When Dzhokhar Tsarnaev was wheeled into the emergency room at Beth Israel Deaconess Medical Center, Dr. Amy Reed took control.
It didn’t matter, she told her critical care team, that they were horrified by what the young Boston Marathon bomber had done a few days earlier. He was their patient, and they had to give him the same top-notch care they had recently given six of his victims.
“Amy calmed everybody down, got everybody on the same page, and went about her work,” said Dr. Daniel Talmor, chief of anesthesia, critical care, and pain medicine at the hospital.
Later in 2013, shortly after giving birth to her sixth child, Dr. Reed underwent surgery to remove what was supposed to be a harmless cyst. But the surgeon used a device called a power morcellator that spread what were later discovered to be malignant cells throughout her abdomen — turning what would have been a stage 1, readily treatable cancer into a stage 4 lethal case.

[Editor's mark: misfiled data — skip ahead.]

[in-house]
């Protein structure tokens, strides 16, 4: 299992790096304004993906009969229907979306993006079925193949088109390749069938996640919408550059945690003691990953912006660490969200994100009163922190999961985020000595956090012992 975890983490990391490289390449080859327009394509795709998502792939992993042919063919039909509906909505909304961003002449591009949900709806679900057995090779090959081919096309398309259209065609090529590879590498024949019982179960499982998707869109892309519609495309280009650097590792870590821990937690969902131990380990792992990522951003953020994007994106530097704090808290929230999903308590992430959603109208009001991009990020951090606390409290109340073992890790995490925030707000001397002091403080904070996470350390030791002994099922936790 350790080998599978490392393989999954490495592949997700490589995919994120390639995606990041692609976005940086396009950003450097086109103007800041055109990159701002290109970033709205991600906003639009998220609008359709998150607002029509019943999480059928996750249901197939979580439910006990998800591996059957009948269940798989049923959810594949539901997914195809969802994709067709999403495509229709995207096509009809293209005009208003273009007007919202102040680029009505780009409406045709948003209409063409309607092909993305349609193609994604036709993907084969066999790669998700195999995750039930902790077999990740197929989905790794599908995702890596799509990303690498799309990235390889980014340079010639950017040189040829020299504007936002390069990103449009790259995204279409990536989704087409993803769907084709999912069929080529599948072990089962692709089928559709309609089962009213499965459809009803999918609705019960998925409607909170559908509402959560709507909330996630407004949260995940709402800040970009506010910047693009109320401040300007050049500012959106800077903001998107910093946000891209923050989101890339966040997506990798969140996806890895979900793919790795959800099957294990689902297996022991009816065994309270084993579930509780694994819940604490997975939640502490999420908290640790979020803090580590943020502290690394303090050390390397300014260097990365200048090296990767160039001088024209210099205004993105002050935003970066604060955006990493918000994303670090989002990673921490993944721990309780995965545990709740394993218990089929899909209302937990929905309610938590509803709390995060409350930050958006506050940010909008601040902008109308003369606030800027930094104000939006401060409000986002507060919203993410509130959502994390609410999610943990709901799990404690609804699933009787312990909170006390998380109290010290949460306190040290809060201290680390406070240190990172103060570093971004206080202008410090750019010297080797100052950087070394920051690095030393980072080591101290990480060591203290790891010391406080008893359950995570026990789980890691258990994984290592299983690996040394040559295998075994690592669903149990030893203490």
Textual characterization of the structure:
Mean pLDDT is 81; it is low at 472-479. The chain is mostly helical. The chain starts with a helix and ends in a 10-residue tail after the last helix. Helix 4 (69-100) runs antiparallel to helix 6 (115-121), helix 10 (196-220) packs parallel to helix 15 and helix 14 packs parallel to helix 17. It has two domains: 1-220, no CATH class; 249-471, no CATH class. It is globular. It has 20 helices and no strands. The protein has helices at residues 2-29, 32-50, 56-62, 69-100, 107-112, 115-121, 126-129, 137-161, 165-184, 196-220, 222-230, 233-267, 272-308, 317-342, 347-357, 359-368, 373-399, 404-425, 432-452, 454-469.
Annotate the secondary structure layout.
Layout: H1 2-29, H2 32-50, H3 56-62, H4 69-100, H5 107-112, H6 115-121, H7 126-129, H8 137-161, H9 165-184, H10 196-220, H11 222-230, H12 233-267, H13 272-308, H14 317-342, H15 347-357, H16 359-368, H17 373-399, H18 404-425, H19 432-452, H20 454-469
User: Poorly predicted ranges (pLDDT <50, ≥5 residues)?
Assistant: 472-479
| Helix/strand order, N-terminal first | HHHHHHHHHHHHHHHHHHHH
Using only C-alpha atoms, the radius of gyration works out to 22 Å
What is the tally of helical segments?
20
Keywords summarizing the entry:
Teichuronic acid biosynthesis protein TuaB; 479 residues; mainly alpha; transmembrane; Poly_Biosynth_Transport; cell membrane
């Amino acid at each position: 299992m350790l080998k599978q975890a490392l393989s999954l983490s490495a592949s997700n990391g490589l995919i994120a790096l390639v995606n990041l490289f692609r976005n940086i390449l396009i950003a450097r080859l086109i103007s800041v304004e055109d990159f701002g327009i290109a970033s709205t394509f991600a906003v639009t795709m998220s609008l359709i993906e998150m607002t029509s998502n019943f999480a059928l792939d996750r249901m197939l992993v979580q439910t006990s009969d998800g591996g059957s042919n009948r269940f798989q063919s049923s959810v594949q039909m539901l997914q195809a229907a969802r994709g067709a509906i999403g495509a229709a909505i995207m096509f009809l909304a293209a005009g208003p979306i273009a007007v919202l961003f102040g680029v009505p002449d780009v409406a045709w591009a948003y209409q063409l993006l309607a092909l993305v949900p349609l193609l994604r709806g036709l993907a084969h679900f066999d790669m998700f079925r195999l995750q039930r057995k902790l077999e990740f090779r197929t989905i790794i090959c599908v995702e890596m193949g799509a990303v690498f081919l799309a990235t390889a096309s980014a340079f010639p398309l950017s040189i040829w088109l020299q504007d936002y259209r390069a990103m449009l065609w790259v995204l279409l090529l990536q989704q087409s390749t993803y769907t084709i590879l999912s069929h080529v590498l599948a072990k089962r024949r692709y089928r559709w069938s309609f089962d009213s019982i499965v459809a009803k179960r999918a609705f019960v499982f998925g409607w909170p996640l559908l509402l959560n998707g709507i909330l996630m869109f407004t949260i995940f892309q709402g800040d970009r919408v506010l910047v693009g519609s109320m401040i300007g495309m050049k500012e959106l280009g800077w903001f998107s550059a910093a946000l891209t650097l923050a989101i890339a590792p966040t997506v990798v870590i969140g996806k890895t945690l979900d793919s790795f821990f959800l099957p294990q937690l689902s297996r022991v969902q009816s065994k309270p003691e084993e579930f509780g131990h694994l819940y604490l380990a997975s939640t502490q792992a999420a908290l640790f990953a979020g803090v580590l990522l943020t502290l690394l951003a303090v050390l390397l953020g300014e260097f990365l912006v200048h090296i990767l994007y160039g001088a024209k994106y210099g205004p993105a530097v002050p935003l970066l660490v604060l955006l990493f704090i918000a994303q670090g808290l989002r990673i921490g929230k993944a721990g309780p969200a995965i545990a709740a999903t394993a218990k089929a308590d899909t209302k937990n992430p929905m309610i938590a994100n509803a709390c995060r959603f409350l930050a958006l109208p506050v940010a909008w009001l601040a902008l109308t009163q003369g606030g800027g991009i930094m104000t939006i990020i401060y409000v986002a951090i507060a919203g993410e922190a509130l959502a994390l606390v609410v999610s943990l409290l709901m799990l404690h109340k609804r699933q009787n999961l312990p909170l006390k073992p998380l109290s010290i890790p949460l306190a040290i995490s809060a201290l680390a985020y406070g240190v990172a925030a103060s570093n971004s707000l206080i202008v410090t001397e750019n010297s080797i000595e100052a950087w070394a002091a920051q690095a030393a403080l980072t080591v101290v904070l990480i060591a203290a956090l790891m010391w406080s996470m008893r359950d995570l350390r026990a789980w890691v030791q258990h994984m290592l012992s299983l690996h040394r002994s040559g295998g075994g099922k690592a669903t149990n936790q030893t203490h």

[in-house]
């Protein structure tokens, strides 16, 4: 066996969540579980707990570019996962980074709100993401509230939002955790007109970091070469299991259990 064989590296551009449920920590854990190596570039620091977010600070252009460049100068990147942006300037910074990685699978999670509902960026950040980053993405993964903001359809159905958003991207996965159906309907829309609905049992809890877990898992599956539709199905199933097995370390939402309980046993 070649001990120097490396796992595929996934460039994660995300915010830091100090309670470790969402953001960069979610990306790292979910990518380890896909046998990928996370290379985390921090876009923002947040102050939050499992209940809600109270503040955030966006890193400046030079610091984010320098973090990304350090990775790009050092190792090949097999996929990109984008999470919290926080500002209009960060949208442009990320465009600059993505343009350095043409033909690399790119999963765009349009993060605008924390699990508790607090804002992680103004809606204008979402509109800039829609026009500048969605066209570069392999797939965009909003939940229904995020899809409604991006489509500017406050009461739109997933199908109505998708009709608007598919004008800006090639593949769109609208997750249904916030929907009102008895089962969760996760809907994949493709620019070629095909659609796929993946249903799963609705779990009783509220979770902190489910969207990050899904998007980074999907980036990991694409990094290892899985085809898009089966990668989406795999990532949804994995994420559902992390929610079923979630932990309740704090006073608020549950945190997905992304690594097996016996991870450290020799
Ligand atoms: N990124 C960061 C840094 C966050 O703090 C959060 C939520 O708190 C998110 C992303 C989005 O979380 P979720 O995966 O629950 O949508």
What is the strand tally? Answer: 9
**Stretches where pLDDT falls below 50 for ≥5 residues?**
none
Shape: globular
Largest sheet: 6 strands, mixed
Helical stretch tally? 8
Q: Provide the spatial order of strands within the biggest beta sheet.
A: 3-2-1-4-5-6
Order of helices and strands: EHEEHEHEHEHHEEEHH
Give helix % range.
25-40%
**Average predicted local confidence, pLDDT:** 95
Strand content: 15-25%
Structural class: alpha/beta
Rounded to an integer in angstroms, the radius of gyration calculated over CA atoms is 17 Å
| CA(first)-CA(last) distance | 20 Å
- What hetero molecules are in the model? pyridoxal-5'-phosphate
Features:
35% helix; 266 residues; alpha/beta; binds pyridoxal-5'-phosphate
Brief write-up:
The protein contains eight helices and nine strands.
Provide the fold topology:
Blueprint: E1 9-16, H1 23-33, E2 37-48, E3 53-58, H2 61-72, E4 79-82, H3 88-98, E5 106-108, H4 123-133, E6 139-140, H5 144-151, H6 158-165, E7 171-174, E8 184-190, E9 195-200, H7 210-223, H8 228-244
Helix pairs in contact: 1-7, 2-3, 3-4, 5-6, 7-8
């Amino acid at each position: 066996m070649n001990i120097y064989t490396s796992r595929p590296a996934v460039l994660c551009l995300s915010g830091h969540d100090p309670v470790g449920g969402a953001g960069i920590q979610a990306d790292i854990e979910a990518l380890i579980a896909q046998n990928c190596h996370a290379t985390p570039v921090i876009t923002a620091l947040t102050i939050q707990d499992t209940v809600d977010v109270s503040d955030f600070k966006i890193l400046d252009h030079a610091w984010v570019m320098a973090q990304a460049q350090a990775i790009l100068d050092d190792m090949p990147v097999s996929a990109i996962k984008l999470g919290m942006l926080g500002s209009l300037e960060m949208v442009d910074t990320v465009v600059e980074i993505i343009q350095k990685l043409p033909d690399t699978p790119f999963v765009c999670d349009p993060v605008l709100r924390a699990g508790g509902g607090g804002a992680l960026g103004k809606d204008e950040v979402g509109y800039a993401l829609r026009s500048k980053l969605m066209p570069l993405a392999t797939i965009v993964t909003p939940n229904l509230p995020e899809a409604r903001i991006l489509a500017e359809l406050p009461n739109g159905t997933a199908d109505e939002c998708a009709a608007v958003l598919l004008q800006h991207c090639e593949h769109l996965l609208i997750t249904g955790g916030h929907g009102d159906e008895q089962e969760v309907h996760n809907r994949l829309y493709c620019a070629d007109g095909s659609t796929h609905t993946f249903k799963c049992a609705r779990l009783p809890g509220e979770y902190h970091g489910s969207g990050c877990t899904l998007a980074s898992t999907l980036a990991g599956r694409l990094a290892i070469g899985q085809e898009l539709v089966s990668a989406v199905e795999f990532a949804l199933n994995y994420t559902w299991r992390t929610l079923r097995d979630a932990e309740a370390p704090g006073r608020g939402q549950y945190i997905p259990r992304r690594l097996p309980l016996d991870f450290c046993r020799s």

She and her husband, cardiac surgeon Hooman Noorchashm, decided to spend her remaining time fighting to abolish morcellation, then used on tens of thousands of American women a year.
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